Monday, 10 October 2011

#HRTechConf – minus three thumbs


   I mentioned in my opening to my session on HR 2.0 that I thought there had been a bit too much agreement on things during the conference (particularly in Jason Averbook’s and Naomi Bloom’s love-in), and said that I’d try to be clear about what I did, and didn’t agree with (since doing this would help people decide whether to support my model of HR 2.0).

And I did refer to some of these disagreements during my presentation (where they linked to my inputs), but ran out of time to do all. So here is my personal summary of the conference, provided through a list of what I agreed and disagreed (‘unagreed’ is probably. the new social media word) with.

Again – this should help you consider whether you support my views about HR (and maybe even challenge your own):


HR being more like the rest of the business

I though John Boudreau gave a good and well-argued presentation, but I don’t agree with much of what he said.  HR does need to improve it’s credibility in the business, but this doesn’t mean that dressing HR like the rest of the business is necessarily going to be a good thing.

It’s why I think the greatest value from HR comes from focusing on employees, rather than on the business.

And it’s why, whilst agreeing that measurement tools used by the business may provide value for HR (or business leaders’ management of their people), I don’t think we shouldn’t take that as granted.  Tools should be judged on their value to inform decision making.  And if we need to educate business leaders to use HR based tools then that’s what we need to do.

Measurement being the key to HR

There was a lot of twitter at the conference about measurement, some of which I agreed with, but a lot of which I didn’t.  For example. “You can manage by walking around, but you can't measure by walking around."  Well, you sort of can, and I think you probably need to too.

Jac Fitz-Enz gave a good summary of how HR activities can be measured (some supervisor training resulting in a 16.6% improvement over 6 months) but this was pretty transactional stuff.  The more we focus on stuff that really drives our businesses, eg passion, the more difficult it is to measure in objective terms.

Particularly for the social capital stuff I was describing in my session… yes, you can measure this through organisational mechanisms, eg social network analysis, but you can also measure it in human terms eg through team pictures or team sculpting.  Or you can also measure it socially – ie by conversation – walking (and talking) around.

Take this quote about Greg Dyke, while he was at the BBC from his Head of Learning there (and included in my HCM book): “Greg had almost blind faith in the programme. It was almost build it and they will come. Evaluation was still important and ROI would have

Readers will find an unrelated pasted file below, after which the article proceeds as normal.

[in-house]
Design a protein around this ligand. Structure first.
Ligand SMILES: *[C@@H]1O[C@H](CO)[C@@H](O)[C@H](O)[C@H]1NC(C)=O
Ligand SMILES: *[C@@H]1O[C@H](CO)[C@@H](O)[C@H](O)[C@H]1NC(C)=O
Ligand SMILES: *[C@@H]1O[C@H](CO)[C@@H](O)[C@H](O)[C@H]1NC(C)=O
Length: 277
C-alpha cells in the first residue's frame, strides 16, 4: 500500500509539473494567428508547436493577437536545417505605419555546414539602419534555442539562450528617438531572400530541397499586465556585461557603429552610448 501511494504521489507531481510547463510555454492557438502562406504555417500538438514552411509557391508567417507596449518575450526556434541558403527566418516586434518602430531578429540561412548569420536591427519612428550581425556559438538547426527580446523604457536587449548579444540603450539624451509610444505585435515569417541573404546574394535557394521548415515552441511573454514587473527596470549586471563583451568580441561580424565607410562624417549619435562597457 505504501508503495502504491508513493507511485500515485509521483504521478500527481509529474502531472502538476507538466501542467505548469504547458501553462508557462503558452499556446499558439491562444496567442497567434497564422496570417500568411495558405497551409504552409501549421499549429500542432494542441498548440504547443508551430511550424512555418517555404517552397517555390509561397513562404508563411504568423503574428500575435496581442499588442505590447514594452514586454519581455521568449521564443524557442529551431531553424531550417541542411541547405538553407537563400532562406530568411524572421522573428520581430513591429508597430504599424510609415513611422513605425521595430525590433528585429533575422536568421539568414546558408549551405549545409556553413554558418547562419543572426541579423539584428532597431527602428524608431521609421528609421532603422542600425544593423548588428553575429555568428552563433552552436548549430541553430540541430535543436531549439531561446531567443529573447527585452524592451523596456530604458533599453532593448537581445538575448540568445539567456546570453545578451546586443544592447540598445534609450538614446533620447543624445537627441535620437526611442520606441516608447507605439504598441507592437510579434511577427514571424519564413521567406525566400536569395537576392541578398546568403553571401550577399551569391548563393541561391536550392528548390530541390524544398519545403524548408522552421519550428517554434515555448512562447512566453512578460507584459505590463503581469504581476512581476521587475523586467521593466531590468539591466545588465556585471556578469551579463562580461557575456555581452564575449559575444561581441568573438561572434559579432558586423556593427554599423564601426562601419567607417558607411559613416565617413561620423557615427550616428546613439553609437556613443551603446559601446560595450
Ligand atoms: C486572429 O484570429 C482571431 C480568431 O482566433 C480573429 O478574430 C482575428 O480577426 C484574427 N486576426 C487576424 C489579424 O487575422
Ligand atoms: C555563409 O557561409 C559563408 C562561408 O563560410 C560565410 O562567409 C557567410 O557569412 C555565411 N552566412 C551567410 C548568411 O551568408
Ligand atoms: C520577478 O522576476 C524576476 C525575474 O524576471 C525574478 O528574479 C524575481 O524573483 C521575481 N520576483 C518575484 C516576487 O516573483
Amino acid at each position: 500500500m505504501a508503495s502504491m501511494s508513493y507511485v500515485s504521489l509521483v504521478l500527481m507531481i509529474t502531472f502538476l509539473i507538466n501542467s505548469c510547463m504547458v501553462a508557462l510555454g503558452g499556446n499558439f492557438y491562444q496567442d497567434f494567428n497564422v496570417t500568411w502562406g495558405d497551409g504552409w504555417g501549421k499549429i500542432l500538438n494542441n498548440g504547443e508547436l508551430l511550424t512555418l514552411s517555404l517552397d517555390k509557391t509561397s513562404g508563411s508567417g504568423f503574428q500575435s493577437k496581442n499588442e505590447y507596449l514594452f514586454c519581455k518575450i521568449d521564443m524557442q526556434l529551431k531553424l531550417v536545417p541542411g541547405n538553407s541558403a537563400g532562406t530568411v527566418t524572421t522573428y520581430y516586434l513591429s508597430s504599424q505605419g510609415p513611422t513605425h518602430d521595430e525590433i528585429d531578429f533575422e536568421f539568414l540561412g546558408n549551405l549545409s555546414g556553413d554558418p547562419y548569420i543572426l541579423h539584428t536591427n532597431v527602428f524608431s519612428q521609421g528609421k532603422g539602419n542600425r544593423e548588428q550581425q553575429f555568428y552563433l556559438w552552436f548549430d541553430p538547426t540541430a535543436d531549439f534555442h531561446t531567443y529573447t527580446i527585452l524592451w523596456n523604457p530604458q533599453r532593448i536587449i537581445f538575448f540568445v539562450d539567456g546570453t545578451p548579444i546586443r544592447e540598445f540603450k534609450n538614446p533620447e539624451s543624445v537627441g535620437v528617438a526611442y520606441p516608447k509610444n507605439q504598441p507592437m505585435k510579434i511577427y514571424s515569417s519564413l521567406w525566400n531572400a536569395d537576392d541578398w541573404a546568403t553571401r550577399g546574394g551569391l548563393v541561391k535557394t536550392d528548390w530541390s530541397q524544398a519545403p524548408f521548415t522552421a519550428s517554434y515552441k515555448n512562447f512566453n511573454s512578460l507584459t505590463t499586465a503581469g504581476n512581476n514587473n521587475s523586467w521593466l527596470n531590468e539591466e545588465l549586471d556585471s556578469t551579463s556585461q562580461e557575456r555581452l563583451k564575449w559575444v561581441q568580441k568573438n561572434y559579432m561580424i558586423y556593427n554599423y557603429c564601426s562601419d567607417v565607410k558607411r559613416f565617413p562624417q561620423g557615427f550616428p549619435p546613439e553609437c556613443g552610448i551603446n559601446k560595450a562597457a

been interesting but Greg wasn’t that sort of a person. It wasn’t that he
wasn’t interested. He was very interested in how much it was costing us.  But he just knew that this had to be the thing to do. He would ask, ‘Can
anybody think of a good reason why not to do it?’ He would say he
could walk round the BBC and talk to a few people and that would tell
him better than any evaluation whether the programme was working or not

Absolutely.  Objective measurement has an important role to play in improving HR, but let’s not try to pretend it’s the answer to everything.

HR being about driving the trains

Laurie Ruettimann and Oliver Marks had a good debate (with some actual disagreement) in the social media panel, and I have to side with Oliver’s views on the importance of Enterprise 2.0.

Laurie suggested she always takes the view of the majority of HR people who keep the trains running.  Which they do – but if that’s all they do, we’ll never get the available benefits from social media – or more social approaches.  (Actually the same criticism applies to most E2.0 practitioners too – which is why Forrester concludes that the most common benefit achieved from E2.0 systems is reduced travel costs – yawn!).

Plus there’s a really good role for HR technology here – keeping the trains running / doing operational HR.  If people want to keep a job in HR in the future, they need to keep thinking and acting more strategically.

A strategic view to HR and social media / social approaches is important as that’s how we’ll get to HR 2.0.

The future of HR technology being apps for the workforce

I don’t really want to add even more agreement to Jason’s and Naomi’s ‘debate’, but I’m going to have to do so.

Jason explained that the combination of social and collaboration are leading to the development of talent management 2.0, and that we therefore need to think about this differently.

I think that’s absolutely right – talent management, or HR 2.0, if it’s to mean anything, has to be transformationly different to HR 1.0, and that difference has to be about social collaboration.

The social network changes talent management

I’m cheating slightly on this one, because yes, of course, it does.  But, despite loving Jim Holincheck’s presentation on ‘Face-Linked’, I can’t help but feel we’re focusing on the wrong change.

Matthew Hanwell summed it well for me – the session / conference assumed that people will still be working for large organisations in 2020 and that we’ll be recruited into them.  Maybe, but I think increasingly not.

Social technology is going to have an impact, but the changing sociology of organisation is going to be more profound.


Please don’t get me wrong – I may have shown less thumbs up than down, but this is about disagreement not dislike, and in any case I always tend to disagree most strongly with those things / people I feel most closely connected to.  In addition, this was definitely a great (thumbs up) conference  and I really hope to attend again one / next year…


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